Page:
• Eight migrant labourers have been killed in a road accident in which the truck they were travelling in collided with a bus. They were travelling in a container truck to go home in Uttar Pradesh.

The state governments in agreement with the Government of India facilitated the workers post-40+ days for Ghar Wapsi. Still then the workers, rather than depending on the competent authority, started walking on road, on railway tracks, bi-cycled, availed trucks or whatever they found on road for what many of them uttered “Mera Ghar Jana hai’’ (I must go home). This was surely irrationality.

• Why did they migrate?
• Why did they have greed for positive wage-differential? (Of no! It is rational).
• Why did they start walking a distance without understanding it?
• Why did many of them start walking on railway track?
• Why did they become incapacitated to pay travel cost?
• Why Ghar Wapsi?

As a migrant, I believe I may be a stakeholder in sophisticated language to respond on behalf of my migrant friends.

1. The workers migrate each year to same or different destinations on their own or drawn by thekedar for absence of wage-work at root for four to six months. Advance wage helps that gets adjusted at the destination – workers know that this advance wage is interest-free. Some also borrow prior to leaving the root to keep family alive.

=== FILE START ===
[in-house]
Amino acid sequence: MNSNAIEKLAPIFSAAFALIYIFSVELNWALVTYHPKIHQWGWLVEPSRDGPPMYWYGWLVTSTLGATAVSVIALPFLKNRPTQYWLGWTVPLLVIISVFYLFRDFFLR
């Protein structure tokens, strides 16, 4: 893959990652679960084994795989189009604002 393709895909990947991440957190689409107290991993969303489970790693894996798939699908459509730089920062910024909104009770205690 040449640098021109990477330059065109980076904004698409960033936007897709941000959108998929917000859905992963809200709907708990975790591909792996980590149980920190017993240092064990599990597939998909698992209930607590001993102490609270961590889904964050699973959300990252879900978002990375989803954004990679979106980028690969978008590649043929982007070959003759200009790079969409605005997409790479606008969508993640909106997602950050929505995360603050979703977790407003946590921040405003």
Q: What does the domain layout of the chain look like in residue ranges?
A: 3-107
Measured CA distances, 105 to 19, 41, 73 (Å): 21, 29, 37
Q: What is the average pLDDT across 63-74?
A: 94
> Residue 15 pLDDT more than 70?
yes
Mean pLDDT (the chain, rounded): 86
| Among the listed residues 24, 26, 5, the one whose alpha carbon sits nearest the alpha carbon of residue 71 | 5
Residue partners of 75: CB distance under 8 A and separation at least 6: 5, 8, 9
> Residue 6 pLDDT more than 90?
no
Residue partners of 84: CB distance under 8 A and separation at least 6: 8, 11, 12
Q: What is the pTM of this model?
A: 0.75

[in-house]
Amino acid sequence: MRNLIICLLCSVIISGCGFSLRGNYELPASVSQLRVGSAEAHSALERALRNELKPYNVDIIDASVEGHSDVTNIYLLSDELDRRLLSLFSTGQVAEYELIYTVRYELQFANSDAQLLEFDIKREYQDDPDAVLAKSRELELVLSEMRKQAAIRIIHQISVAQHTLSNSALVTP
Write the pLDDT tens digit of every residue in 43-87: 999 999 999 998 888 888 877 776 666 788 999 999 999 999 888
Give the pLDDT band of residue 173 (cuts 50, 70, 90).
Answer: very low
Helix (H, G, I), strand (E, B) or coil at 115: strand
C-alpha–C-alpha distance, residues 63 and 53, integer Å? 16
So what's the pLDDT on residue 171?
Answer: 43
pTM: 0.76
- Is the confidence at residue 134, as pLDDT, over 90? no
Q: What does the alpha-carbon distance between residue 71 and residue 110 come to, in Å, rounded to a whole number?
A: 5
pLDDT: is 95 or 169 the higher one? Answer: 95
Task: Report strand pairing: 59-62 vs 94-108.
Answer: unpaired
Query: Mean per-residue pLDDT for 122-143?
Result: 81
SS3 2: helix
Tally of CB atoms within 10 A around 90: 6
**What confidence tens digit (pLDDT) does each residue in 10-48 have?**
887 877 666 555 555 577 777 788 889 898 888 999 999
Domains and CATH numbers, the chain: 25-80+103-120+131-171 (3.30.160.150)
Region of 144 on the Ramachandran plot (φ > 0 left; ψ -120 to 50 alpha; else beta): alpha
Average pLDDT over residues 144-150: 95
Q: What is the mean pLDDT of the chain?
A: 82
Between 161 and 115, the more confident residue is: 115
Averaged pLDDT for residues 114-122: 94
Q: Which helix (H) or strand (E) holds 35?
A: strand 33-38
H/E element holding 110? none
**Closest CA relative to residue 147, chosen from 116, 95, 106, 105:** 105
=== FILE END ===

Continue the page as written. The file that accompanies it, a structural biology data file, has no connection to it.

2. In many situations, it is not positive wage-differential but distressed migration that drags the workers to different destinations.

3. The migrant workers started walking for they had two able legs.

4. The migrant workers started walking on railway tracks to avoid police security that often gets reflected in getting lathicharged or extra-legal money transfer.

5. They became incapacitated to pay travel cost for they got their wages exhausted by 40+ days of lockdown declared that made them in a condition of “no work-no wage’’.

6. The migrant workers were adamant for Ghar Wapsi for they did not like to die unnoticed unrecorded at the destination or on road.